“Big Horn Mama” was recorded as a six-piece band before a live studio audience. Led by Jess Eliot Myhre (vocals, clarinet, washboard) and Chris Ousley (vocals, guitar, banjo, ukulele), the group paints America's story from New Orleans' brothels to Appalachian hollers. Their Texas swing interpretation of the jazz classic “Darktown Strutter’s Ball” has become a radio favorite on WAMU’s Americana stations (Mary Cliff’s Traditions, The Al Steiner Show). The opening track “Crow Jane” earned them an invitation to perform at the Washington Area Music Awards this year along with a 2012 nomination for “Best Folk/Traditional Group.”
The duo works hard to dig up nearly-lost tunes from the tradition and this album makes it clear that they’ve done their homework. Curators as much as revivalists, they focus on that dynamic period of time at the beginning of recorded music. They are able to recreate the magic of when the diversity of American roots music first became widely available on 78s, thus influencing musicians all over the country and sparking an outpouring of innovation. You’ll hear musical nods to Texas in their southern blues tunes as well as Appalachian guitar runs in a New Orleans ragtime number. Above all, through the Bumper Jacksons’ musical diversity the common thread between these musics becomes clear – it is all essentially community dance music that is unassuming, energetic, and rooted deep in our American consciousness.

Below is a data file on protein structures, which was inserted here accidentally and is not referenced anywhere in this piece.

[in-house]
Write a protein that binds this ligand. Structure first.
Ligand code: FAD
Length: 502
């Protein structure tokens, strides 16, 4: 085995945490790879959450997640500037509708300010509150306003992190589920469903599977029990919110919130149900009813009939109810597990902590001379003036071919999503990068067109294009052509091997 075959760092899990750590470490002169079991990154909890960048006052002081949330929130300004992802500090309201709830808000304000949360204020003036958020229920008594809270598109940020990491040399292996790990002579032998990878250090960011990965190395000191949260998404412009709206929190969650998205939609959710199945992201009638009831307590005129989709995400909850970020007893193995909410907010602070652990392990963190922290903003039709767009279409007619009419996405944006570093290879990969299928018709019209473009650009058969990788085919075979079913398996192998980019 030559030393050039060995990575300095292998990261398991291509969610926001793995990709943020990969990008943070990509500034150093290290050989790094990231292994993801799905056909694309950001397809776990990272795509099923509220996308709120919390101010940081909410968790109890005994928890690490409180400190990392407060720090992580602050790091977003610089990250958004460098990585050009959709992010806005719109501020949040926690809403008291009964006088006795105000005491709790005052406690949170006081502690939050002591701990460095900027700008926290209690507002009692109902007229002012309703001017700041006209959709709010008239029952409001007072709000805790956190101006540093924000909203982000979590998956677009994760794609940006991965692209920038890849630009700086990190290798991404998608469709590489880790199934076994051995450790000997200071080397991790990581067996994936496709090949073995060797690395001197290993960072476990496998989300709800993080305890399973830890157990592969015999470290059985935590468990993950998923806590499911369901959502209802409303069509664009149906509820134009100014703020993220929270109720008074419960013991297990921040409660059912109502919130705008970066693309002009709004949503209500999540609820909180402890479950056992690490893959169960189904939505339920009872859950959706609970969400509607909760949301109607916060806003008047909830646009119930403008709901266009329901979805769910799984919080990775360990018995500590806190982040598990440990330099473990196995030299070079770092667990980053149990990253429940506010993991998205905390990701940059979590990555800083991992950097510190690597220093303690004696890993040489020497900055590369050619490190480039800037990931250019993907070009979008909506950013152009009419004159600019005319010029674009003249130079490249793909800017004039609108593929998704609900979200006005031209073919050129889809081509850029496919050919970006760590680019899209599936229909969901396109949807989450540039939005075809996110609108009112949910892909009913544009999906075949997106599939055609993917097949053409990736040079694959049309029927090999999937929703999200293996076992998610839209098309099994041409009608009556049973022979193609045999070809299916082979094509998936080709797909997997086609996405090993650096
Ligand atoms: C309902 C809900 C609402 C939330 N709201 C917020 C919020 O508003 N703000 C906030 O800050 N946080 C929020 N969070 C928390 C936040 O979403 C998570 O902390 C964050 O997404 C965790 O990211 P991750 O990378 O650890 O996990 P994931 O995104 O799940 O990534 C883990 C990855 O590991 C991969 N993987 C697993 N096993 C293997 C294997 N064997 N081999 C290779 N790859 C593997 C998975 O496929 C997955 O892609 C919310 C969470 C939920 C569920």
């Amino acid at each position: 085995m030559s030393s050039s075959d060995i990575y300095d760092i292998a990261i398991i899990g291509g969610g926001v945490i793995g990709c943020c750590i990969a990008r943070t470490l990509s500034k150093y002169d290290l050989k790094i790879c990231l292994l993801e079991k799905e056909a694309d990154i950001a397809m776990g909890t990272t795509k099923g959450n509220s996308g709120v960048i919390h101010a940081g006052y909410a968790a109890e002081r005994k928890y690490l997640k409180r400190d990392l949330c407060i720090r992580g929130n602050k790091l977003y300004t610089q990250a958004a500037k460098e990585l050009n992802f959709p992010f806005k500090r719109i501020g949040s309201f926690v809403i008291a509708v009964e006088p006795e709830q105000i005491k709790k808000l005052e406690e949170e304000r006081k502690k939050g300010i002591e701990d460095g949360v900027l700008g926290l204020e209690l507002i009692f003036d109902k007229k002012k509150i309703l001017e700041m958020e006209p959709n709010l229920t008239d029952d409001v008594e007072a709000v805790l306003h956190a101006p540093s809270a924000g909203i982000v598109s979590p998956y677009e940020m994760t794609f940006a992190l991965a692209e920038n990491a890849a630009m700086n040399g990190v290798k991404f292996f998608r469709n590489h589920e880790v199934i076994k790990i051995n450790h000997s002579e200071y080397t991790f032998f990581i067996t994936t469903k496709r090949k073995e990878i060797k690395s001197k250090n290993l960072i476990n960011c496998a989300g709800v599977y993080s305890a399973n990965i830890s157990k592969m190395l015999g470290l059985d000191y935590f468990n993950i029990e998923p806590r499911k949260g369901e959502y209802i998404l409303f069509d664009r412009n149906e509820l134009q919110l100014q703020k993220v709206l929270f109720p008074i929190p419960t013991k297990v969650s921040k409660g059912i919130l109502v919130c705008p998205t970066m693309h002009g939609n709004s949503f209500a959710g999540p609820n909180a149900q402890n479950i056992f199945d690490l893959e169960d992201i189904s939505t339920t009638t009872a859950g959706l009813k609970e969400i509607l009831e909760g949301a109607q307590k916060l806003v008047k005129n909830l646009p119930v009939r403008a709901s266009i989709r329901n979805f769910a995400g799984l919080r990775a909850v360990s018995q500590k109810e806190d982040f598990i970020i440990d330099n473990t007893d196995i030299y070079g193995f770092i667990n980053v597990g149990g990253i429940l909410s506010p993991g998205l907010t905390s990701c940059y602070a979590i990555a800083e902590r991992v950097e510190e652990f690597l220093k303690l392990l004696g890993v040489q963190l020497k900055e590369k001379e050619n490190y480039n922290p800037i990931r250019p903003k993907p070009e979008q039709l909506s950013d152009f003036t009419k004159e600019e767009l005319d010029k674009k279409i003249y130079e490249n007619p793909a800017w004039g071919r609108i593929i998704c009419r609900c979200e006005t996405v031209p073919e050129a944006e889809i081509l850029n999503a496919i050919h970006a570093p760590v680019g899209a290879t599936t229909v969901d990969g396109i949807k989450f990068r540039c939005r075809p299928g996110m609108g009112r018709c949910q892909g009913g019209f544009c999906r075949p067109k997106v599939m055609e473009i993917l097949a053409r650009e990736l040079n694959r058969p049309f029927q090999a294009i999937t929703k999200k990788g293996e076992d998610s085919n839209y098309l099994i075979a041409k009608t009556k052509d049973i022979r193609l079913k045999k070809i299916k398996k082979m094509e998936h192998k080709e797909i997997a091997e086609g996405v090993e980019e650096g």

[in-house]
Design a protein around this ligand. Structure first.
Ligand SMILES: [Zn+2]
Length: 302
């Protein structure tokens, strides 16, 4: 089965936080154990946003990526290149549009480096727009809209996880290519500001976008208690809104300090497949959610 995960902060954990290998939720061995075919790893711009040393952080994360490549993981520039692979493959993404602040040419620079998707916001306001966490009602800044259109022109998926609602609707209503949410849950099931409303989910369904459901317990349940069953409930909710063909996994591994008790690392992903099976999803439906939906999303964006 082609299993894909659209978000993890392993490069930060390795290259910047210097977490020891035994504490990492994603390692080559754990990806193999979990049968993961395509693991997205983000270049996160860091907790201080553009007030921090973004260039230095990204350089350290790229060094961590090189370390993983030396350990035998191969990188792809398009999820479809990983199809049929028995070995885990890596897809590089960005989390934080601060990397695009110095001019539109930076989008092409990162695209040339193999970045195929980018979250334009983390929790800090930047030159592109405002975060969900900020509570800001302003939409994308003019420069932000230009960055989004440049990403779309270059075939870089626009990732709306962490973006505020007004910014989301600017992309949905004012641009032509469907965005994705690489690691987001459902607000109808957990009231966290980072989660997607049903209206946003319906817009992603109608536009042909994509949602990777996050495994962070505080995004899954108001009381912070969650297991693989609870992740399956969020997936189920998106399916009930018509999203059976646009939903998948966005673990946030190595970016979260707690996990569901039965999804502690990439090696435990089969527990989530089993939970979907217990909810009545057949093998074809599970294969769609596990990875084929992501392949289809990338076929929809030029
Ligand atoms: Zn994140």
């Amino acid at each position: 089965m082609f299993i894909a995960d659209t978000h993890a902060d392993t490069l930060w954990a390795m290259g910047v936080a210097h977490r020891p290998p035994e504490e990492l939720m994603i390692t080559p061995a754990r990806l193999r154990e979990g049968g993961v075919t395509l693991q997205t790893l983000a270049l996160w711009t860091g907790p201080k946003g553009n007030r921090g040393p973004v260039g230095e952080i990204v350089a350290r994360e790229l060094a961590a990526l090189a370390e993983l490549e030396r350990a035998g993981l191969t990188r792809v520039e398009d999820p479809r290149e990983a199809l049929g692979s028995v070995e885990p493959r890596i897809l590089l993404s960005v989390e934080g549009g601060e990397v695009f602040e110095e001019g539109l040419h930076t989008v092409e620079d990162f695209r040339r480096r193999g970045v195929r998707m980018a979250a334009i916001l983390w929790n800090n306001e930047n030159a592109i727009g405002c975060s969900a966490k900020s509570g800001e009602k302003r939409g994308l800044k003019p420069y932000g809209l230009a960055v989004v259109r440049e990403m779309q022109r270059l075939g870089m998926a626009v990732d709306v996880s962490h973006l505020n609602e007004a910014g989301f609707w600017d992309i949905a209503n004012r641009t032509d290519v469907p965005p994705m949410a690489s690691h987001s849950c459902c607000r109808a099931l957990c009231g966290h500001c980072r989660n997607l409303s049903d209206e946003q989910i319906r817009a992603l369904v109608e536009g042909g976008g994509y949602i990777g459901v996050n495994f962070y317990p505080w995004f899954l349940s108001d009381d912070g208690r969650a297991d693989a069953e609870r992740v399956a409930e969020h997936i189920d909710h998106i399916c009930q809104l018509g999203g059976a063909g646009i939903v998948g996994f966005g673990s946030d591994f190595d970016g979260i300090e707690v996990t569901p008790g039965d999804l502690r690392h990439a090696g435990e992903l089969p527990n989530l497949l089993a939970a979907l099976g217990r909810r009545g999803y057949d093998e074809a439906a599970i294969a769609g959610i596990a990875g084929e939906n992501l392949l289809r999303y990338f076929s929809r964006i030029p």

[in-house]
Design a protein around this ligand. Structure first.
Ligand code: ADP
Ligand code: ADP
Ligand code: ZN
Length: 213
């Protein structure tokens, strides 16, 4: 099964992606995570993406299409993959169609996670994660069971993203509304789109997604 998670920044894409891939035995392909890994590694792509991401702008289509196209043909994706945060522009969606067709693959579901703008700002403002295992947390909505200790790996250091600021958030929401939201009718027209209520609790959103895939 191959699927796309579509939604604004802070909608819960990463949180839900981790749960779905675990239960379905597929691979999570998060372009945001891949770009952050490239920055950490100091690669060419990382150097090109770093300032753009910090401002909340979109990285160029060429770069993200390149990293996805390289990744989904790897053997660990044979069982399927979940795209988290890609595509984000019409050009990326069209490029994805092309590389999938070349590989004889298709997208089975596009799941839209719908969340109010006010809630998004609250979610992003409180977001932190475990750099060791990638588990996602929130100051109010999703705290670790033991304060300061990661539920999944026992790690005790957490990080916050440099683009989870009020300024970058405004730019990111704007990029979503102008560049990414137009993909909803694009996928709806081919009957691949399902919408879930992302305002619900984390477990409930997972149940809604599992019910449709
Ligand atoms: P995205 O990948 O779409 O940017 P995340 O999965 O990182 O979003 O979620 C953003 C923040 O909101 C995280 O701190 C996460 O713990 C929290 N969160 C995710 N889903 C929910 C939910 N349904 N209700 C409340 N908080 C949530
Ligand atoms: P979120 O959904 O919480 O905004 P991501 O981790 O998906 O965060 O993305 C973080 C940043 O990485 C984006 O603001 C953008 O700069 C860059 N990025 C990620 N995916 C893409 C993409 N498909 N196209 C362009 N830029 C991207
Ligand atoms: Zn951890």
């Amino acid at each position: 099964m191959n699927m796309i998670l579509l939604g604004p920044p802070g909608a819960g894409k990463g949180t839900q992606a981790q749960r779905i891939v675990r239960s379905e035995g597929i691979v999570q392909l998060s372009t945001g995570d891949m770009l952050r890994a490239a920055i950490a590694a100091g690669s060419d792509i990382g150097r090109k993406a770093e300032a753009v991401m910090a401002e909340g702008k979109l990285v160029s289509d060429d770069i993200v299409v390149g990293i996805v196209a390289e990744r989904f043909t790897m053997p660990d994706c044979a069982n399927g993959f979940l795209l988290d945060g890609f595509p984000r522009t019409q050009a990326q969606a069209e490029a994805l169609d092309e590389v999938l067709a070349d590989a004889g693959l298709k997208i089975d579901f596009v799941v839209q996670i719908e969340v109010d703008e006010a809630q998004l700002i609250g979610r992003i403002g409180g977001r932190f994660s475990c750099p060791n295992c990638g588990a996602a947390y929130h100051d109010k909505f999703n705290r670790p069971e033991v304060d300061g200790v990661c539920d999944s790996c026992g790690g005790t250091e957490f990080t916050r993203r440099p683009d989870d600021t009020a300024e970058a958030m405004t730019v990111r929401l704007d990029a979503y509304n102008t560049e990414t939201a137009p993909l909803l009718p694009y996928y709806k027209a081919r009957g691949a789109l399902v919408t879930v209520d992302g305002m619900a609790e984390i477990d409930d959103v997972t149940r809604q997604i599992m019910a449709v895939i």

So come on out, and shake it like your granddaddy did!
Jess Eliot Myhre - clarinet, vocals, washboard, ukulele
Chris Ousley - guitar, vocals, banjo, ukulele, mouth horn
Matt Levine - lap steel and dobro
Brad Gunson - trombone
Dan Cohan - suitcase percussion
Monty Montgomery - sousaphone
"Bumper Jacksons straddle the breadth of old-time American folk musics. Swinging their way through country blues and New Orleans jazz with equal ease, the group recreates the sultry atmosphere of a smoke-filled speakeasy. Don’t miss them!”
- Zach Young, Offbeat Magazine, New Orleans’ WWOZ
Bumper Jacksons are a big, fat party. Wielding washboard, clarinet, guitar, bass, pedal steel, and “The Suitcase,” the
group’s high energy, varied instrumentation, and intelligent repertoire sets them apart from other folk groups. Powerful vocal harmonies characterize their sound, as they slide seamlessly between street jazz, early blues, old time, and country swing....more